Native Youth Incarceration (community/news)

"Native Americans and Juvenile Justice: A Hidden Tragedy,"

by Terry L. Cross November/December 2008 issue of Poverty & Race

In the United States in 2008, there are more than 560 federally-recognized American Indian tribes comprising an American Indian/Alaska Native (AI/AN) population of approximately 4 million individuals. About half this population lives on reservations, and the others live off-reservation, primarily in urban communities. The AI/AN population is young: 42%—almost 2 million—are under 19 years of age. Twenty percent (800,000) are at risk—60,000 suffer abuse or neglect each year. According to the Youth Violence Research Bulletin, the suicide rate for American Indian juveniles (57 per 1 million) was almost twice the rate for white juveniles and the highest for any race. In addition, 200,000 are believed to suffer from serious emotional disturbances.

American Indian youth are grossly over-represented in state and federal juvenile justice systems and secure confinement. Incarcerated Indian youth are much more likely to be subjected to the harshest treatment in the most restrictive environments and less likely to have received the help they need from other systems. AI/AN youth are 50% more likely than whites to receive the most punitive measures. Pepper spray, restraint and isolation appear to be grossly and disproportionately applied to Indian youth, who have no recourse, no alternatives and few advocates.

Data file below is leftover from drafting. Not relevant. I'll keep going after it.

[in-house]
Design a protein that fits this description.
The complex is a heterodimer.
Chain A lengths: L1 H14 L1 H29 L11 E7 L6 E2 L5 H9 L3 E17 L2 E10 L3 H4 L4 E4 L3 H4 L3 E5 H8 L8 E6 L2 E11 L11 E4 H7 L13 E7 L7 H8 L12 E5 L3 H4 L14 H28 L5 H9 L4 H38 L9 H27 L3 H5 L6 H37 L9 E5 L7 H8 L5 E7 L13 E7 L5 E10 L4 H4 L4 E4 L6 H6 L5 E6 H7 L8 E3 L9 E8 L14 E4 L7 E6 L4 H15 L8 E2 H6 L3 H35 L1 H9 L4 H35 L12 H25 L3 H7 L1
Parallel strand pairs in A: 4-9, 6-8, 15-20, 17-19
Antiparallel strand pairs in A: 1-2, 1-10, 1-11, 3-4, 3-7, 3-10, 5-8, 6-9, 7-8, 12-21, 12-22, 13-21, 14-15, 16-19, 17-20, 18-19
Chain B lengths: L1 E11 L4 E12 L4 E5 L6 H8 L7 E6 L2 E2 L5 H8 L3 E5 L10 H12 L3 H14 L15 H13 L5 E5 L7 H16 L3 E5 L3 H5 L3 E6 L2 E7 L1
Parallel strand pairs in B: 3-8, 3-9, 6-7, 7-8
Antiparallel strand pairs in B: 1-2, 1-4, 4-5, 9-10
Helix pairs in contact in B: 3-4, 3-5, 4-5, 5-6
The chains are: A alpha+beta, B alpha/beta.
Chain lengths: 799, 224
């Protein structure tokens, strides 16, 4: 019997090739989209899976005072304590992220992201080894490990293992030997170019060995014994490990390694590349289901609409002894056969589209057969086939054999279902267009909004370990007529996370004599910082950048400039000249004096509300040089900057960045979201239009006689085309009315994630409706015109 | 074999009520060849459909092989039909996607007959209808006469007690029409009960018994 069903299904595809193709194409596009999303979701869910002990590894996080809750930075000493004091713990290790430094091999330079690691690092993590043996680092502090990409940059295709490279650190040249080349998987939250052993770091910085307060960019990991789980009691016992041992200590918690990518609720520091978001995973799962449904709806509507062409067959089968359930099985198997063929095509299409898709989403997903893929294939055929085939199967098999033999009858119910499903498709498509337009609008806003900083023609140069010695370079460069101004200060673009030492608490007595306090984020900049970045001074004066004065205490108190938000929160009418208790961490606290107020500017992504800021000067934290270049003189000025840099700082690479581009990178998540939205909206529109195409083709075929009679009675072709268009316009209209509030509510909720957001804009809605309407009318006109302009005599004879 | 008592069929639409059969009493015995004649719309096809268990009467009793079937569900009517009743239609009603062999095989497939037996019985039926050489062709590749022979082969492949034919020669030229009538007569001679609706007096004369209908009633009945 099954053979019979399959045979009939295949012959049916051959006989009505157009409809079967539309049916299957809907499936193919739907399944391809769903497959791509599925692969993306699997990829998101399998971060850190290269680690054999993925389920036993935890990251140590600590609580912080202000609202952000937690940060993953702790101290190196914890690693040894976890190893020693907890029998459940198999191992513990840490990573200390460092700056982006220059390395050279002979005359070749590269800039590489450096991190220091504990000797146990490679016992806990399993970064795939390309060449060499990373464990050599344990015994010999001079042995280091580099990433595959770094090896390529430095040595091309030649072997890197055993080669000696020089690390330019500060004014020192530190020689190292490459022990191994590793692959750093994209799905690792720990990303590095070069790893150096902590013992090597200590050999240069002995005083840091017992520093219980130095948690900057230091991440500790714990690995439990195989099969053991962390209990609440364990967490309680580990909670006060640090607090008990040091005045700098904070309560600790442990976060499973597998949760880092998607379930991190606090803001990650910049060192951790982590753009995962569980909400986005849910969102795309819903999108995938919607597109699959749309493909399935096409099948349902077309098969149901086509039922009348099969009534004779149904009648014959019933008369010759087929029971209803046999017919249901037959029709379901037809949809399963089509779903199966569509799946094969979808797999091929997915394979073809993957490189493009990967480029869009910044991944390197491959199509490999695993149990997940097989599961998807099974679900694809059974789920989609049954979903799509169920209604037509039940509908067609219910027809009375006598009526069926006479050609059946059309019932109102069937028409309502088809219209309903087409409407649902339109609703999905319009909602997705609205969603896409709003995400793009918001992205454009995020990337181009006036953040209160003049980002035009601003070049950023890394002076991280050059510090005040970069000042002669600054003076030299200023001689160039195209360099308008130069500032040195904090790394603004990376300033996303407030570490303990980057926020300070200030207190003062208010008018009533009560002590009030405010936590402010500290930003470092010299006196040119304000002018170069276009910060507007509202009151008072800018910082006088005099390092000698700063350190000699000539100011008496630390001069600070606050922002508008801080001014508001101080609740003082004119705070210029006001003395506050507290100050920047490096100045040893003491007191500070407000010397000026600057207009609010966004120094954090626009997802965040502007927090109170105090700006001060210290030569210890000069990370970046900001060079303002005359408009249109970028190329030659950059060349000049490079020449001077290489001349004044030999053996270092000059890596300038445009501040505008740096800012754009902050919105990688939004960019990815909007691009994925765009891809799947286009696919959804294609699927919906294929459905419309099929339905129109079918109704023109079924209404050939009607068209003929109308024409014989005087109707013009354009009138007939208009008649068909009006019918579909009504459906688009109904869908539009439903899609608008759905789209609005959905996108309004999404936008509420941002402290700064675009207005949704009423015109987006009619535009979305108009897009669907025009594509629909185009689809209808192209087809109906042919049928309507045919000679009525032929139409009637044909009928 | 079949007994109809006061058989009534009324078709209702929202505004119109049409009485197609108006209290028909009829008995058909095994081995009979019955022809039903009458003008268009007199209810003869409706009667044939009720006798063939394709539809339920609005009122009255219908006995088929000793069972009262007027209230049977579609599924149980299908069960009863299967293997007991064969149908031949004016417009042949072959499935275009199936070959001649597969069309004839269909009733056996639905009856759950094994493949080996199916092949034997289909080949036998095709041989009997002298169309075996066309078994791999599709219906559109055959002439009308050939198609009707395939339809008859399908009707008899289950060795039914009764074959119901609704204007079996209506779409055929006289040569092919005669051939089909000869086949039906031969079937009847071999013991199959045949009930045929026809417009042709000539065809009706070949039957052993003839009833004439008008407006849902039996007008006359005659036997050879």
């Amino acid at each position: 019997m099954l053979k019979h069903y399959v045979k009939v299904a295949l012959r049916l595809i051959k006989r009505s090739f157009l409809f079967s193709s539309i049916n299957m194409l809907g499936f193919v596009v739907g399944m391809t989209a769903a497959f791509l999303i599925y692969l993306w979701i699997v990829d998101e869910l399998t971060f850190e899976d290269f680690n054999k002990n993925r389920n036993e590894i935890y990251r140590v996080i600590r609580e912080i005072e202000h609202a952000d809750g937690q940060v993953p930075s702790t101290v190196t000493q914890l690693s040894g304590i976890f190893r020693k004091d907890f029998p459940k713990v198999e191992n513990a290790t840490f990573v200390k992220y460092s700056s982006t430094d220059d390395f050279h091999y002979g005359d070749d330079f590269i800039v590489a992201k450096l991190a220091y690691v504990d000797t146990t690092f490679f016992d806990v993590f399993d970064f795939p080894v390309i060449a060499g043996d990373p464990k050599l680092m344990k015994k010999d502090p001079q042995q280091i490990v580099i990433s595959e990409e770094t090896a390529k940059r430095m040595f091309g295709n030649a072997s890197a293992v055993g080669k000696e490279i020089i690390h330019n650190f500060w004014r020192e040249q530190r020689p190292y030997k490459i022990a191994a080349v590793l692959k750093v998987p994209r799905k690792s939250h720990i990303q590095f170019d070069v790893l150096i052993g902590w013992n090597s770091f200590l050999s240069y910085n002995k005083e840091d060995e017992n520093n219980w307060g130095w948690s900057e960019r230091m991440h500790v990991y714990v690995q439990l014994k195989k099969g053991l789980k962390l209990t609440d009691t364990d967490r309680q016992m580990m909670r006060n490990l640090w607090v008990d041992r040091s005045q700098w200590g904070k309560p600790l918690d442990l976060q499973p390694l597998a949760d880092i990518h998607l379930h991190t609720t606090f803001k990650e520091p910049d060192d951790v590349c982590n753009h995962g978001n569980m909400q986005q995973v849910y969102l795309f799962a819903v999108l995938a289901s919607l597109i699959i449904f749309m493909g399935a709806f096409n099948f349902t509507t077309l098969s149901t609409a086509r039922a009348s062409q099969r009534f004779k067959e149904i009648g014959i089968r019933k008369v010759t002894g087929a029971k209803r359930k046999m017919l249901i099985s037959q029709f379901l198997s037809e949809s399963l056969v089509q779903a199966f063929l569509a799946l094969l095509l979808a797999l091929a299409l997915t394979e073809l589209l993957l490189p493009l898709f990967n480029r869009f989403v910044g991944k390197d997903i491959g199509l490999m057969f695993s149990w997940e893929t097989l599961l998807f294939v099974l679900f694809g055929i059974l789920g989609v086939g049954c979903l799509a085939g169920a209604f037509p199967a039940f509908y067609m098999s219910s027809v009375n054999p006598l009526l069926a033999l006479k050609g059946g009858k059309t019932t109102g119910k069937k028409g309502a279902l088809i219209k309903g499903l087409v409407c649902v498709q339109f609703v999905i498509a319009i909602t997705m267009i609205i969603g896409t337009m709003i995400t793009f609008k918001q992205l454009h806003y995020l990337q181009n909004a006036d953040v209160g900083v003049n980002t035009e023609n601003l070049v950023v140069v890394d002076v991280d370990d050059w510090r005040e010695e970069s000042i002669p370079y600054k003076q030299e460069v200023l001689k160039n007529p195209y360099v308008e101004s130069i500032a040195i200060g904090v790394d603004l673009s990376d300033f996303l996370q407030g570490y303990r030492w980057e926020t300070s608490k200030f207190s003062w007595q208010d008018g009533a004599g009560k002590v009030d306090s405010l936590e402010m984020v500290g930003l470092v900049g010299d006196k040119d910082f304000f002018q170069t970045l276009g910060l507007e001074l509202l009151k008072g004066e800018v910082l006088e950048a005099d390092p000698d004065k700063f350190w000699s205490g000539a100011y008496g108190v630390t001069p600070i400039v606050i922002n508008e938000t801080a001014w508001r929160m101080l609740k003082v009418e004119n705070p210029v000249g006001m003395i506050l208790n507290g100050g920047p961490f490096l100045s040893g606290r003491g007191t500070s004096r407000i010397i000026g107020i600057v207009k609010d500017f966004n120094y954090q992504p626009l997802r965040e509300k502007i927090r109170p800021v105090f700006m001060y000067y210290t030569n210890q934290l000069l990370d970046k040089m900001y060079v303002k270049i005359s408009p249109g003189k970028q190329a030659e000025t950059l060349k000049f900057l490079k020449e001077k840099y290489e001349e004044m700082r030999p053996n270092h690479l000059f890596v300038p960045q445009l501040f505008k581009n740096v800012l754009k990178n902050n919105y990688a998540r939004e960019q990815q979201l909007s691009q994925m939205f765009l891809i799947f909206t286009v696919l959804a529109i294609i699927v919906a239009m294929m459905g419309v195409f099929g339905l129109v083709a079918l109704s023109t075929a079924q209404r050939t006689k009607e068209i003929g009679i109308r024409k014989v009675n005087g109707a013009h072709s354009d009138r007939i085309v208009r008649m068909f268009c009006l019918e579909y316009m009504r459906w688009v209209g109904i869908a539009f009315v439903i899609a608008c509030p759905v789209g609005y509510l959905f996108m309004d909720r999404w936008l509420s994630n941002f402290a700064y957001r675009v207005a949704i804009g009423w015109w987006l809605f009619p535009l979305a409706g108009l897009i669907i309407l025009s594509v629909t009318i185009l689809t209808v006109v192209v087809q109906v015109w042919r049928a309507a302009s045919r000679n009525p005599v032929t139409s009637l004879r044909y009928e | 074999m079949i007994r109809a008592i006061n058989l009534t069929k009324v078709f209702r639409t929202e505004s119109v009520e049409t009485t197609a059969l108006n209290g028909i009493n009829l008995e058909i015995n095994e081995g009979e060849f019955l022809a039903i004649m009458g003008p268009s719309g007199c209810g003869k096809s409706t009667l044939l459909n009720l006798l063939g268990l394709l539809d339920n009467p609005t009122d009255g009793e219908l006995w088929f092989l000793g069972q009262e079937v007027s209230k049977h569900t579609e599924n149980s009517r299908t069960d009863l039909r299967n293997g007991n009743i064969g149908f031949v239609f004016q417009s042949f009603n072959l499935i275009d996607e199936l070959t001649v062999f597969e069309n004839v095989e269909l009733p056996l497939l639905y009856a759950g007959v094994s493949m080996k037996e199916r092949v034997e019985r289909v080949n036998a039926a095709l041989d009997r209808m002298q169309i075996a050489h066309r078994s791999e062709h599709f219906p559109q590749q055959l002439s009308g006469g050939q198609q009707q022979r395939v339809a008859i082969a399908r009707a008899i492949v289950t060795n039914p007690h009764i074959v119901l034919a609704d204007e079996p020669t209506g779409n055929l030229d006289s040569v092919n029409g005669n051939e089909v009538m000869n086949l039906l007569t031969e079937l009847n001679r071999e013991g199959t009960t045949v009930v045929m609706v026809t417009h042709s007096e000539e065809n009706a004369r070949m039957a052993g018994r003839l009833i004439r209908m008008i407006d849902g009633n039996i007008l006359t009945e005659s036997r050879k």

In 2003, litigation over conditions in a South Dakota state training school revealed horrible abuses in the use of restraints and isolation, yet little in the way of education or mental health services. Findings also showed that Native youth were significantly over-represented in the lockdown unit and thus subject to the worst abuses. For example, one young girl from the Pine Ridge Reservation had been held in a secure unit within the facility for almost two years, during which time she was placed in four-point restraints while spread-eagled on a cement slab for hours at a time, kept in isolation for days and even weeks, and pepper-sprayed numerous times. This young girl, like many of the females confined at the facility, suffered from significant mental health and substance abuse issues. Due to the lack of appropriate mental health treatment and the harsh conditions in the facility, she resorted to self-harming behavior as a way to draw attention to herself, and like many of the other girls now has scars up and down her arms from cutting herself. Finally, the facility also instituted a rule that penalized Native youth for speaking in their Native language, and several were placed on lockdown status for speaking Lakota to each other.
There is a growing awareness that many tribes’ children and youth are being taken outside the care, custody and control of their families, communities and tribal government, and that many are suffering from extreme physical, mental and emotional abuse in the process. 

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